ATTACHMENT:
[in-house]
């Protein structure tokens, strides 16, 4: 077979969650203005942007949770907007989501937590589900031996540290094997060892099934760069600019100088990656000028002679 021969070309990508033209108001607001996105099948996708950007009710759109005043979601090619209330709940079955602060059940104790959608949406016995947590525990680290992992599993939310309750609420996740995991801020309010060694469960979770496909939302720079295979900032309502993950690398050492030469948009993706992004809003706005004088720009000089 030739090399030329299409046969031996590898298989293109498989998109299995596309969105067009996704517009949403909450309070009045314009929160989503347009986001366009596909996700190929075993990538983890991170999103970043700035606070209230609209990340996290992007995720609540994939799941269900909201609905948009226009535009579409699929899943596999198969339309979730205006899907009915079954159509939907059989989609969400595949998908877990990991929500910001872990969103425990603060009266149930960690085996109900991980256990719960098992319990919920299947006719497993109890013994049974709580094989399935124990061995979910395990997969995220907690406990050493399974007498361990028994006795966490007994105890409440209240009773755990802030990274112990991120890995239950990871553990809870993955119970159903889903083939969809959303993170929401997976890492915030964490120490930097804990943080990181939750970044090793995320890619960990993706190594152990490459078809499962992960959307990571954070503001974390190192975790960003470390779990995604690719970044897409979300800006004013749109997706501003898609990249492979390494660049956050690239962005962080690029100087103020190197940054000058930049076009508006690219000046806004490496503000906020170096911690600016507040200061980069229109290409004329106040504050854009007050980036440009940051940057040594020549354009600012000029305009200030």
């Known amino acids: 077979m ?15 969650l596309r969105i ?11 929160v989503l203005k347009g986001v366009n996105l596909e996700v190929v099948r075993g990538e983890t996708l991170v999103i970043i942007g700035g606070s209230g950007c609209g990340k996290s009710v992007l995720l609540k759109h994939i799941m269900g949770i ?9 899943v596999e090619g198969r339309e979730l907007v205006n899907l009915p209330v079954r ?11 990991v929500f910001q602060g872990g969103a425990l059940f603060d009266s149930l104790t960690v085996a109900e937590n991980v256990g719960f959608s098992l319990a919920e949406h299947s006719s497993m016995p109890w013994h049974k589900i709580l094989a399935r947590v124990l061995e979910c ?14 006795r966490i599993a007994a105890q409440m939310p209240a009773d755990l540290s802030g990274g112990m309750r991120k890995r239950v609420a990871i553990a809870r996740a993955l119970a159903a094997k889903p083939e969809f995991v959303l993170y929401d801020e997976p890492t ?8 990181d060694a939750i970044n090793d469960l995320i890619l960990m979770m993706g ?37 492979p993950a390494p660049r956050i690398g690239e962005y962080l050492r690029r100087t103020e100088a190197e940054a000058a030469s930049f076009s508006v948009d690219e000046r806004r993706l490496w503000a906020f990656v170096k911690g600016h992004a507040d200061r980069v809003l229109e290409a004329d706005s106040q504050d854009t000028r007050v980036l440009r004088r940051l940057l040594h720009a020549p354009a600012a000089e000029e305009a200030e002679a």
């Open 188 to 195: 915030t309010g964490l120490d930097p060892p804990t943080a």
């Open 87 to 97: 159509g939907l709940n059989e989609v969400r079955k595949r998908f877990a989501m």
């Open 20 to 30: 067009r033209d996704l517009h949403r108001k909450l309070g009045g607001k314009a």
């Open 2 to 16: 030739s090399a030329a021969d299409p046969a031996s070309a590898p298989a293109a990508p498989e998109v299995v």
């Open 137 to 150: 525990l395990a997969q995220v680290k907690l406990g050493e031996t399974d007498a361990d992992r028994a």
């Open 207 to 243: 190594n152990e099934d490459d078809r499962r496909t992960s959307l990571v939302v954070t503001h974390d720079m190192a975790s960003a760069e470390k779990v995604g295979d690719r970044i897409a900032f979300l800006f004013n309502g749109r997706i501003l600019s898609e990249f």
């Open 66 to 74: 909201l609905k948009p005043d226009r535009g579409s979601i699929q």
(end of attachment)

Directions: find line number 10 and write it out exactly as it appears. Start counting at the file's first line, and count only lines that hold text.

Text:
């Open 66 to 74: 909201l609905k948009p005043d226009r535009g579409s979601i699929q």